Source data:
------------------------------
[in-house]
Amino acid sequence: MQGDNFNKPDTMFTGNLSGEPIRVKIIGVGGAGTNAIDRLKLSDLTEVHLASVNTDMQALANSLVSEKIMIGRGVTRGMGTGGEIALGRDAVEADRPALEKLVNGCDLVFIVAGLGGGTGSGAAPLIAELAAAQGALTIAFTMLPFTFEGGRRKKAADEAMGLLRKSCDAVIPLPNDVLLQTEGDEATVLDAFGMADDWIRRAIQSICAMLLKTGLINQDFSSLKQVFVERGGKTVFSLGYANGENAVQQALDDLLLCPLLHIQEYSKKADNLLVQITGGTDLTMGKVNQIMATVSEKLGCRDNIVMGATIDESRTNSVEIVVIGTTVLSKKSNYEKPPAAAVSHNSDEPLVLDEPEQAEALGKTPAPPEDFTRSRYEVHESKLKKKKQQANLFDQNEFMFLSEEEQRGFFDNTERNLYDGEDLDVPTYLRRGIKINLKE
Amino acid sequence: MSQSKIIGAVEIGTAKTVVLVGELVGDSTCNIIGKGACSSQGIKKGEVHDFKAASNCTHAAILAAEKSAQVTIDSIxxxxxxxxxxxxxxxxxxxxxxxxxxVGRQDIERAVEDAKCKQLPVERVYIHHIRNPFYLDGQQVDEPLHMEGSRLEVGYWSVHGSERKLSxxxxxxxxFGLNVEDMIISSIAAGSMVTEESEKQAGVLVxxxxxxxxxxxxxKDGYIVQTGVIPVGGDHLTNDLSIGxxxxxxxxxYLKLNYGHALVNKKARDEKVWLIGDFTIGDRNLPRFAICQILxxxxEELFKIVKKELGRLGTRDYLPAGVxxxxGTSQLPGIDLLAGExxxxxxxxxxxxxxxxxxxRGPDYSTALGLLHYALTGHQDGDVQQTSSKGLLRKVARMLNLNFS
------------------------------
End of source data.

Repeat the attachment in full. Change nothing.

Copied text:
[in-house]
Amino acid sequence: MQGDNFNKPDTMFTGNLSGEPIRVKIIGVGGAGTNAIDRLKLSDLTEVHLASVNTDMQALANSLVSEKIMIGRGVTRGMGTGGEIALGRDAVEADRPALEKLVNGCDLVFIVAGLGGGTGSGAAPLIAELAAAQGALTIAFTMLPFTFEGGRRKKAADEAMGLLRKSCDAVIPLPNDVLLQTEGDEATVLDAFGMADDWIRRAIQSICAMLLKTGLINQDFSSLKQVFVERGGKTVFSLGYANGENAVQQALDDLLLCPLLHIQEYSKKADNLLVQITGGTDLTMGKVNQIMATVSEKLGCRDNIVMGATIDESRTNSVEIVVIGTTVLSKKSNYEKPPAAAVSHNSDEPLVLDEPEQAEALGKTPAPPEDFTRSRYEVHESKLKKKKQQANLFDQNEFMFLSEEEQRGFFDNTERNLYDGEDLDVPTYLRRGIKINLKE
Amino acid sequence: MSQSKIIGAVEIGTAKTVVLVGELVGDSTCNIIGKGACSSQGIKKGEVHDFKAASNCTHAAILAAEKSAQVTIDSIxxxxxxxxxxxxxxxxxxxxxxxxxxVGRQDIERAVEDAKCKQLPVERVYIHHIRNPFYLDGQQVDEPLHMEGSRLEVGYWSVHGSERKLSxxxxxxxxFGLNVEDMIISSIAAGSMVTEESEKQAGVLVxxxxxxxxxxxxxKDGYIVQTGVIPVGGDHLTNDLSIGxxxxxxxxxYLKLNYGHALVNKKARDEKVWLIGDFTIGDRNLPRFAICQILxxxxEELFKIVKKELGRLGTRDYLPAGVxxxxGTSQLPGIDLLAGExxxxxxxxxxxxxxxxxxxRGPDYSTALGLLHYALTGHQDGDVQQTSSKGLLRKVARMLNLNFS